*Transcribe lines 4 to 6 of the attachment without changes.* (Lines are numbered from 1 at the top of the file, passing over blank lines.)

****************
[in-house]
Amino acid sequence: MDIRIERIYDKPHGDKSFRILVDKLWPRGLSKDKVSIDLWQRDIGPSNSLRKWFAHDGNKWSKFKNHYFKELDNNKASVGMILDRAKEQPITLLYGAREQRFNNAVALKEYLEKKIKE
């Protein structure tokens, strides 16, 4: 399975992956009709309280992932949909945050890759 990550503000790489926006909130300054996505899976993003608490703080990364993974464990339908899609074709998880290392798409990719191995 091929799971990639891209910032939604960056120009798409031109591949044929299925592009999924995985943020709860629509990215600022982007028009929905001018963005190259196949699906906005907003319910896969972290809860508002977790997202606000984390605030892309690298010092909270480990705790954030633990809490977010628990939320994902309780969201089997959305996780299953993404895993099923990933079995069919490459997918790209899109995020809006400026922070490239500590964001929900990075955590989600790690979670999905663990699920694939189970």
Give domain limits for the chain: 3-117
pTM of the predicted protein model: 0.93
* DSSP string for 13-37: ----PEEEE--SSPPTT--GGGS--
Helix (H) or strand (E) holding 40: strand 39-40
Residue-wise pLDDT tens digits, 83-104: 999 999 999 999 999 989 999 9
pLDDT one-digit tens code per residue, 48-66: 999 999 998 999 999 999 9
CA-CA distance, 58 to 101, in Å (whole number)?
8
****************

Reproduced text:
Give domain limits for the chain: 3-117
pTM of the predicted protein model: 0.93
* DSSP string for 13-37: ----PEEEE--SSPPTT--GGGS--